SpaceX’s Crew Dragon capsule departed the International Space Station early Friday morning and began a series of thruster burns that steered the ship back toward Earth, where it safely splashed down in the Atlantic Ocean not long after 7:30 a.m. EST. The craft had been attached to the space station since Sunday, when it made its first docking under its own power after a successful Saturday launch atop a Falcon 9 rocket.
This final phase of the Demo-1 mission was perhaps the biggest test of Crew Dragon’s new build. It had to successfully deploy an upgraded parachute system to land the more gently than the already proven cargo version. The parachute system in particular was under close scrutiny, since it will eventually be responsible for protecting human passengers.
SpaceX’s Crew Dragon blazes through Earth atmosphere some 20 miles above the planet’s surface, as captured by a NASA spacecraft Friday morning. (NASA)
The Dragon capsule that flew this week is not the final version that will fly in future tests, but it is close. At a pre-launch briefing, SpaceX Vice President of Build and Flight Reliability Hans Koenigsmann said that the company is still in the final stages of development on Crew Dragon’s internal controls.
Since the only passengers on Demo-1 were a dummy named Ripley, an Earth plushie, and cargo, the controls weren’t necessary for this flight. But now that Crew Dragon has safely flown to space and back, it’s likely that real-life astronauts may soon take the helm.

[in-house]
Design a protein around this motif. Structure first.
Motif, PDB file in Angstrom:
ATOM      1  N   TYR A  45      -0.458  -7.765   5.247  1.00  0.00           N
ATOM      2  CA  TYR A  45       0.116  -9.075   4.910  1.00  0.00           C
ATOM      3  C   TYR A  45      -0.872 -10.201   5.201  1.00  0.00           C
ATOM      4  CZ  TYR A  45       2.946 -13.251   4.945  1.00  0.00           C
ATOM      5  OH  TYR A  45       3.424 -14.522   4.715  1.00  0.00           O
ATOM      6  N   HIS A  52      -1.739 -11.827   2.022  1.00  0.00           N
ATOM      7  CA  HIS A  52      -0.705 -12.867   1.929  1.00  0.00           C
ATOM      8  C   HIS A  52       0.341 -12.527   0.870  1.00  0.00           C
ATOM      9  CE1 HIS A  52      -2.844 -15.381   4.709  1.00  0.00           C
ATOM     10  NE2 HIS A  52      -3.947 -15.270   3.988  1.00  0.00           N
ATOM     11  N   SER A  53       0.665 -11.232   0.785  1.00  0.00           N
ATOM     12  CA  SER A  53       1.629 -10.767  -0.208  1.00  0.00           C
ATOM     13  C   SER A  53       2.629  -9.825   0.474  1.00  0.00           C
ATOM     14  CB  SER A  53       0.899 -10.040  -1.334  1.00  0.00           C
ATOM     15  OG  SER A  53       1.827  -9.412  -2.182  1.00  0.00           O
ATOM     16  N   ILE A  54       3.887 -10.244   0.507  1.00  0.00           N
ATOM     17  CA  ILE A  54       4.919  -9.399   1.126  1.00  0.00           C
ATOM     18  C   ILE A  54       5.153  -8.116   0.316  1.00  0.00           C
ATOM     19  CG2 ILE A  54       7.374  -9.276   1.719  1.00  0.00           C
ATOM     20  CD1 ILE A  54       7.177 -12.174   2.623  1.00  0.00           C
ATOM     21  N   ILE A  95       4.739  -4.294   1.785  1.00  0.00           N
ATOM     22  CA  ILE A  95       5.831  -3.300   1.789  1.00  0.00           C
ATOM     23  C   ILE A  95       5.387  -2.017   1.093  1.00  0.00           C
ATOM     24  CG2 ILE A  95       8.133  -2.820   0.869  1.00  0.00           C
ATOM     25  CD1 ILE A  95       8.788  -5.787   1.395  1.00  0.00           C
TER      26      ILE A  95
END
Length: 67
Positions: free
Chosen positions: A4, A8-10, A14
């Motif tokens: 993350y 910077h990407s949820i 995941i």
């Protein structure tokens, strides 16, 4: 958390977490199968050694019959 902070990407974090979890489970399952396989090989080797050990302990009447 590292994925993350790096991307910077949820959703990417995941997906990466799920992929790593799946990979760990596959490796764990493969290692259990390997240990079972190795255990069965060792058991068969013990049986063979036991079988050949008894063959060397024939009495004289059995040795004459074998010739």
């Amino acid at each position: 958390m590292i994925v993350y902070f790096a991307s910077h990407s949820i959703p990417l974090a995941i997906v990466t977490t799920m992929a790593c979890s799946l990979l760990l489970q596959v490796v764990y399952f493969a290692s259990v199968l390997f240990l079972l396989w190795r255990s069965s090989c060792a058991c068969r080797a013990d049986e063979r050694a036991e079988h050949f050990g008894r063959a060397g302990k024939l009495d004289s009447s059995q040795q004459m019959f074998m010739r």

SpaceX’s Crew Dragon spacecraft opens its nose cone before docking with the International Space Station on March 3. (Credit: NASA)
With NASA’s approval, SpaceX would proceed to a Demo-2 mission in July, where two astronauts will become the first to fly into space on a private craft. Before that, NASA and SpaceX will also run an abort test with the craft’s “Super Draco” thrusters. They’re designed to ensure the capsule can safely get humans back to Earth even if something goes wrong during or immediately after launch.
Crew Dragon’s splash down in the Atlantic Ocean also included a full test run of the medical personnel that are always on stand-by for crew recovery after space mission landings. It marked the first time a spacecraft designed for humans has splashed down in the Atlantic since the Apollo 9 capsule did so in March 1969.